Hands up who wants to make their workforce whiter?
Put another way, who thinks it is a good idea to run a business in a way that makes black staff or other people of colour think about quitting more than white employees?
I am aware these questions sound inane.
Yet I have not been able to stop thinking about them since I came across research suggesting this is precisely what some companies may be inadvertently doing as they try to lure workers back to the office from home.
The data comes from monthly surveys that a team of economists began last year to see what Americans think about the jolting shifts in working arrangements wrought by the pandemic.
The surveys have uncovered something that might not have gained wide attention if it weren’t for the great Covid working-from-home experiment.
People of colour want more time working from home than white people.
The researchers’ most recent data shows that, when asked how often they would like to work at home once the pandemic eases, white workers said 2.2 days a week on average.
Hispanic Americans said 2.42 days; Asian Americans 2.48 days and black Americans 2.54 days.
The difference is even starker when workers are asked what they would do if forced to return to the office five days a week.
A solid 33 per cent of white workers say they would go back but start looking for a job that let them work from home. For minority workers, however, the figure jumps to 40 per cent.
The same trend has emerged in other studies this year.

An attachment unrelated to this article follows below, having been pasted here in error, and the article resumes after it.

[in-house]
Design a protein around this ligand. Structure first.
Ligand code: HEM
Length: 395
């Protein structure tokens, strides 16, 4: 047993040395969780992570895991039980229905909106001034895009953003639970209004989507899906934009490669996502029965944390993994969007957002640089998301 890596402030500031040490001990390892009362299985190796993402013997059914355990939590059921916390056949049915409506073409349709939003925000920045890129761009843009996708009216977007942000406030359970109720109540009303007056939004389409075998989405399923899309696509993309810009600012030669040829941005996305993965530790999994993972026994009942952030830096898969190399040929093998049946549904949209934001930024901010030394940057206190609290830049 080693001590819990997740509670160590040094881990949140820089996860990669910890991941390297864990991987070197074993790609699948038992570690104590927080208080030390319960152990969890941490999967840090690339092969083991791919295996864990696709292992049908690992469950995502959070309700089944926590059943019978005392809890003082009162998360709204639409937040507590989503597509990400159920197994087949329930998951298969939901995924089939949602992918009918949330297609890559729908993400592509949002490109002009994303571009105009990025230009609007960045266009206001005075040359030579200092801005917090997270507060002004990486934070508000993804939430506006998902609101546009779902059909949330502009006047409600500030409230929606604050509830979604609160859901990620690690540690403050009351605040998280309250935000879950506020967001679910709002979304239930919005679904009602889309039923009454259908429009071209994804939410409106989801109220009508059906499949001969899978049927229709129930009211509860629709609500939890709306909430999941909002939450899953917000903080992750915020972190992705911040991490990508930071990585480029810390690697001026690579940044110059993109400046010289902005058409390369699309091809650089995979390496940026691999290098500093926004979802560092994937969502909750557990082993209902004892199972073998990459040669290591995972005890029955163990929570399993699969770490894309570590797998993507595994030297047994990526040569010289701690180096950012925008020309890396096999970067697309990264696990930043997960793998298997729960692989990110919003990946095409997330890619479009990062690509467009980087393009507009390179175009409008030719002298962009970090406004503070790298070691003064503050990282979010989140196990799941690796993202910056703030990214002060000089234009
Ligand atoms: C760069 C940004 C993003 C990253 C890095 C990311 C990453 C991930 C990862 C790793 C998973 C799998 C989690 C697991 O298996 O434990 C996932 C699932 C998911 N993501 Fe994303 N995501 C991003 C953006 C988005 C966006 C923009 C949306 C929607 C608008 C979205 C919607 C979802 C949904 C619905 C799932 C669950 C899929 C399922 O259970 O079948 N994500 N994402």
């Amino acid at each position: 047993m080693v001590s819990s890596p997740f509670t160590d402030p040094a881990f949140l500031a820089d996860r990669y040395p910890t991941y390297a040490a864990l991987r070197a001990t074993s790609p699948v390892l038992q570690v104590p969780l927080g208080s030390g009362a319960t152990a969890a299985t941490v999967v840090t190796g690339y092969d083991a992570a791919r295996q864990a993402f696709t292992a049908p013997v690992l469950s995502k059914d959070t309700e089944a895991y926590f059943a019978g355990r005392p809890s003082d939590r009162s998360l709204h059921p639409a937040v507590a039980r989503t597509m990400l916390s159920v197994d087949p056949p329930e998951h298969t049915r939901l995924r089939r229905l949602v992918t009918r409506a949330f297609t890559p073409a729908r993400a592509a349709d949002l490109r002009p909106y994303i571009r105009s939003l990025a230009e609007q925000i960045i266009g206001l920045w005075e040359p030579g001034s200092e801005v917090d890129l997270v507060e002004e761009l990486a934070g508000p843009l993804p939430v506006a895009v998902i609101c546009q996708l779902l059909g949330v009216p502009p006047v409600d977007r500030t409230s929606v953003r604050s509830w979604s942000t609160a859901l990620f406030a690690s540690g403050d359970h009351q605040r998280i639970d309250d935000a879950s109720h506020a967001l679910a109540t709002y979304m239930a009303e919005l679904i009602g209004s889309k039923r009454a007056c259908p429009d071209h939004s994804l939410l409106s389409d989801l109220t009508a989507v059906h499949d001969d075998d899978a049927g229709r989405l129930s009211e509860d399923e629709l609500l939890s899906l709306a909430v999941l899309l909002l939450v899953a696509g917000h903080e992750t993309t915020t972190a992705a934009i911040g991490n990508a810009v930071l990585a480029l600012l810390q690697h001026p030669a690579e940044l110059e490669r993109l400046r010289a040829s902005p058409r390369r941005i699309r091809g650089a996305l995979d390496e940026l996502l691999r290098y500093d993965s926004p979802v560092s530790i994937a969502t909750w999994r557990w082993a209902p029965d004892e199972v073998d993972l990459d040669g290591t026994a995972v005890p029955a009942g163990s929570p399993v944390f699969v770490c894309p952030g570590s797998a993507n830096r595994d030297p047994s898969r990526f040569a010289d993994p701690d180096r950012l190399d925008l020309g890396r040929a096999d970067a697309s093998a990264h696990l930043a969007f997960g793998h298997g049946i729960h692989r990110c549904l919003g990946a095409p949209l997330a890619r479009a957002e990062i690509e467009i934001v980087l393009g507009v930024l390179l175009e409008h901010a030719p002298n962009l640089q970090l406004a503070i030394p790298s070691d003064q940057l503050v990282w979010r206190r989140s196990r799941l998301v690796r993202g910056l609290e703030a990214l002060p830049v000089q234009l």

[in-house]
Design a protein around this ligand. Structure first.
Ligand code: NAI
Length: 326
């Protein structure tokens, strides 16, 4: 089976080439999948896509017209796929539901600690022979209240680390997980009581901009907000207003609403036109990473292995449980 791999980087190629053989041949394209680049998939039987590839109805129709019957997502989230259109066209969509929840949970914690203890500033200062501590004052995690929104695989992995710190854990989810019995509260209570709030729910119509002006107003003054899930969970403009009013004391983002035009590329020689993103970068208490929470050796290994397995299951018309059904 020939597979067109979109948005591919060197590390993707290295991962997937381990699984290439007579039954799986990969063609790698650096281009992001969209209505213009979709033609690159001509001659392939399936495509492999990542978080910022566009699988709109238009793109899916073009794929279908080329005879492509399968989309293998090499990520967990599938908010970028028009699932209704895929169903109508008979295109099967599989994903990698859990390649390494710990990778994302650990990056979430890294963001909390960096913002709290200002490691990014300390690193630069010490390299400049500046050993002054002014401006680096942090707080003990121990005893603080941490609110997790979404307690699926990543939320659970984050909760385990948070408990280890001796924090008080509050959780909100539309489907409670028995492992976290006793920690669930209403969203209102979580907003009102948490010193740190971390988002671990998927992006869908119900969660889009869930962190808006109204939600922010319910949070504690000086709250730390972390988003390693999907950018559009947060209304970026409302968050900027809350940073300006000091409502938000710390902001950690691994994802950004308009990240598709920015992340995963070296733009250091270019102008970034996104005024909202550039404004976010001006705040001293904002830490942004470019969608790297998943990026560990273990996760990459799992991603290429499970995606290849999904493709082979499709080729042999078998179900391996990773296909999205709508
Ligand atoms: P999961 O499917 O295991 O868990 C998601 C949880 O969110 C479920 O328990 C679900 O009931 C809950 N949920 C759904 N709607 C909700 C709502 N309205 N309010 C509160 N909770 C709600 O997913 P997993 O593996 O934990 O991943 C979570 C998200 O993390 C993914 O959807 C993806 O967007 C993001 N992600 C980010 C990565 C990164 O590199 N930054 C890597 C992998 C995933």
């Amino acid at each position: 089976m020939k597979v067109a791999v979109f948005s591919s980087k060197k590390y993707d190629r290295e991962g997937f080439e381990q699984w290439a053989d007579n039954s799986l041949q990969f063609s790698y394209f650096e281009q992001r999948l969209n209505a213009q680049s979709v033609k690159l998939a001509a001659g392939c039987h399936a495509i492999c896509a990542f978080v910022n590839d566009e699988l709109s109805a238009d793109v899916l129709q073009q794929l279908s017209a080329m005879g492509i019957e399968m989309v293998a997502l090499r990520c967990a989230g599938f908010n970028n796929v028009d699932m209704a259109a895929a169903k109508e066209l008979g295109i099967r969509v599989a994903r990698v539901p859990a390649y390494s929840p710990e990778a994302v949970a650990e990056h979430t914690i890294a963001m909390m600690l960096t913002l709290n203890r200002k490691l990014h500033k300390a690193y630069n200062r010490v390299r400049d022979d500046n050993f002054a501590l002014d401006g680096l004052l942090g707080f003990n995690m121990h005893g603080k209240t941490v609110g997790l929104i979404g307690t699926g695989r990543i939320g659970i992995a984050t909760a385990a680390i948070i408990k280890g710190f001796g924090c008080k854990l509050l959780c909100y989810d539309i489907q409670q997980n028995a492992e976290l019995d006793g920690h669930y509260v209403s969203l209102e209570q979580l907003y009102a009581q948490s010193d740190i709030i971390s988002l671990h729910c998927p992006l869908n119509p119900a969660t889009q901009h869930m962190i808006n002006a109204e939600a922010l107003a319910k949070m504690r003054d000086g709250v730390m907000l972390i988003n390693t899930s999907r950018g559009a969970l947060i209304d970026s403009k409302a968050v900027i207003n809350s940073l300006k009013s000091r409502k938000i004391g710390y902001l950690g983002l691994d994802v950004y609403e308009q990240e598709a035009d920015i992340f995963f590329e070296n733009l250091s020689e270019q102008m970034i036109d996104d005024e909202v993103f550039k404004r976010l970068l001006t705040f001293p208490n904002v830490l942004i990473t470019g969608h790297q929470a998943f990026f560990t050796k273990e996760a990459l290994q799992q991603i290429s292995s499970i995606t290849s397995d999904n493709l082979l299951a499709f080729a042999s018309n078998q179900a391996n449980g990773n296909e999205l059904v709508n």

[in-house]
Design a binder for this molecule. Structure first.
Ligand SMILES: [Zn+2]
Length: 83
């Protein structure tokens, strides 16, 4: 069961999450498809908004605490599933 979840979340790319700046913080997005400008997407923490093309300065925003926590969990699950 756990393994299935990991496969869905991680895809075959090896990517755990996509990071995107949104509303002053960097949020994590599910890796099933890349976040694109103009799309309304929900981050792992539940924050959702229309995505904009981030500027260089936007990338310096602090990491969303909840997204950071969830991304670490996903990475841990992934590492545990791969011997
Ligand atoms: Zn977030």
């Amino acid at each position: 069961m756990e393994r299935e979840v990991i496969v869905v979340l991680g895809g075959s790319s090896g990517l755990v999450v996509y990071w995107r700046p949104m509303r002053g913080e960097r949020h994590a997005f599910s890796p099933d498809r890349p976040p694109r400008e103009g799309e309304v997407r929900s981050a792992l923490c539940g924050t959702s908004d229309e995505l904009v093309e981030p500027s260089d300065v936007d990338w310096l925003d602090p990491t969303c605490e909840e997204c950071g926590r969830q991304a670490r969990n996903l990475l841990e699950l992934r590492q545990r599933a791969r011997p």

Only 3 per cent of black knowledge workers want to return to full-time office working, compared with 21 per cent of their white counterparts in the US, according to the Future Forum, a future of work think-tank launched by Slack, the workplace messaging app.
Its researchers think a number of factors explain the difference.
Working at home can reduce the need for black workers to constantly engage in draining “code-switching”, or changing the way they talk, dress or behave to fit into a predominantly white workplace.
They say it may also spare workers from “microaggressions”, offensive if often unintended incidents, such as being mistaken for a colleague of the same race, or having your hair touched.
A friend in London gave another reason why working from home made sense for people of colour like her: “This virus seems to hate us in particular.”
People from black, Asian and minority ethnic backgrounds in the UK have accounted for a disproportionate number of severe Covid cases and deaths.
As my friend said, that makes getting on to a train to go to work with a lot of unmasked commuters a distinctly uninviting prospect.
There is another group of workers who constitute a flight risk if pushed to go back to the office full-time: highly-educated women with young children.
The monthly surveys of Americans have shown 34 per cent of these women would like to work at home five days a week, compared with 26 per cent of men.
A lot of businesses are already scrambling to hire and hold on to women and minority workers. These figures suggest they should think carefully before trying to recreate pre-pandemic office life.
In today’s tight labour market, there is no sign of this changing any time soon. Regardless of race or gender, the share of US workers who say they would simply quit with no other job in hand if forced back to full-time office work has steadily risen this year, from 6.1 per cent in June to 7.8 per cent in September.
One of the economists leading the US survey research, Stanford University’s Nick Bloom, says these figures underline a fact of working life today that most large companies have grasped.
Any employer wanting to retain a well-educated, diverse workforce cannot force staff back to the office full-time, he told an FT conference two weeks ago.
“It’s just not possible,” he said. “We’re in a hyper competitive labour market for talent. You can’t do something that employees hate. It’s kind of Econ 101.”